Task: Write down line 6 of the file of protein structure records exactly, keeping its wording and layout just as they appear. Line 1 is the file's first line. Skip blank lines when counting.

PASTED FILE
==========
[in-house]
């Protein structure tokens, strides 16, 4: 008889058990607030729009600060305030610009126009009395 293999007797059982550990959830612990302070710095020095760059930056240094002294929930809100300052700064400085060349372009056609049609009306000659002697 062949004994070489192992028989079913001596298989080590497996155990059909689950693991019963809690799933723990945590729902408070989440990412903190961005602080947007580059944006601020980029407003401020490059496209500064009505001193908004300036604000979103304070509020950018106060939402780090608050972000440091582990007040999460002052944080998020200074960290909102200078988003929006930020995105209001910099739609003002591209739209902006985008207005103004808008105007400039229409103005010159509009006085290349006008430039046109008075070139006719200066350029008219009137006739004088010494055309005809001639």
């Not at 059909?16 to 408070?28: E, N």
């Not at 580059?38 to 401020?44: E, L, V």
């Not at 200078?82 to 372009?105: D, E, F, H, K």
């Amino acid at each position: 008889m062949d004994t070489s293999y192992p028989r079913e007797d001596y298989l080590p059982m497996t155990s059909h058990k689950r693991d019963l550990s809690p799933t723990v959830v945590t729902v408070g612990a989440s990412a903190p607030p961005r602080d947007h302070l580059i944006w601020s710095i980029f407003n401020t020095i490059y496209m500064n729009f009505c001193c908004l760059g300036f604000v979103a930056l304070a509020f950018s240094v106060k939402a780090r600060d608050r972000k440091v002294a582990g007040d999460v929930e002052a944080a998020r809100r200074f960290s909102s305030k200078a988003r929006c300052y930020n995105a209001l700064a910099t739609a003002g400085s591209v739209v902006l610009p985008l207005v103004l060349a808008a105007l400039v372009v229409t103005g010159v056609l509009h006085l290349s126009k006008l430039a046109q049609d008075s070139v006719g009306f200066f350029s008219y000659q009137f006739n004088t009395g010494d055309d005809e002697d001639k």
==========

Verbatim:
């Amino acid at each position: 008889m062949d004994t070489s293999y192992p028989r079913e007797d001596y298989l080590p059982m497996t155990s059909h058990k689950r693991d019963l550990s809690p799933t723990v959830v945590t729902v408070g612990a989440s990412a903190p607030p961005r602080d947007h302070l580059i944006w601020s710095i980029f407003n401020t020095i490059y496209m500064n729009f009505c001193c908004l760059g300036f604000v979103a930056l304070a509020f950018s240094v106060k939402a780090r600060d608050r972000k440091v002294a582990g007040d999460v929930e002052a944080a998020r809100r200074f960290s909102s305030k200078a988003r929006c300052y930020n995105a209001l700064a910099t739609a003002g400085s591209v739209v902006l610009p985008l207005v103004l060349a808008a105007l400039v372009v229409t103005g010159v056609l509009h006085l290349s126009k006008l430039a046109q049609d008075s070139v006719g009306f200066f350029s008219y000659q009137f006739n004088t009395g010494d055309d005809e002697d001639k």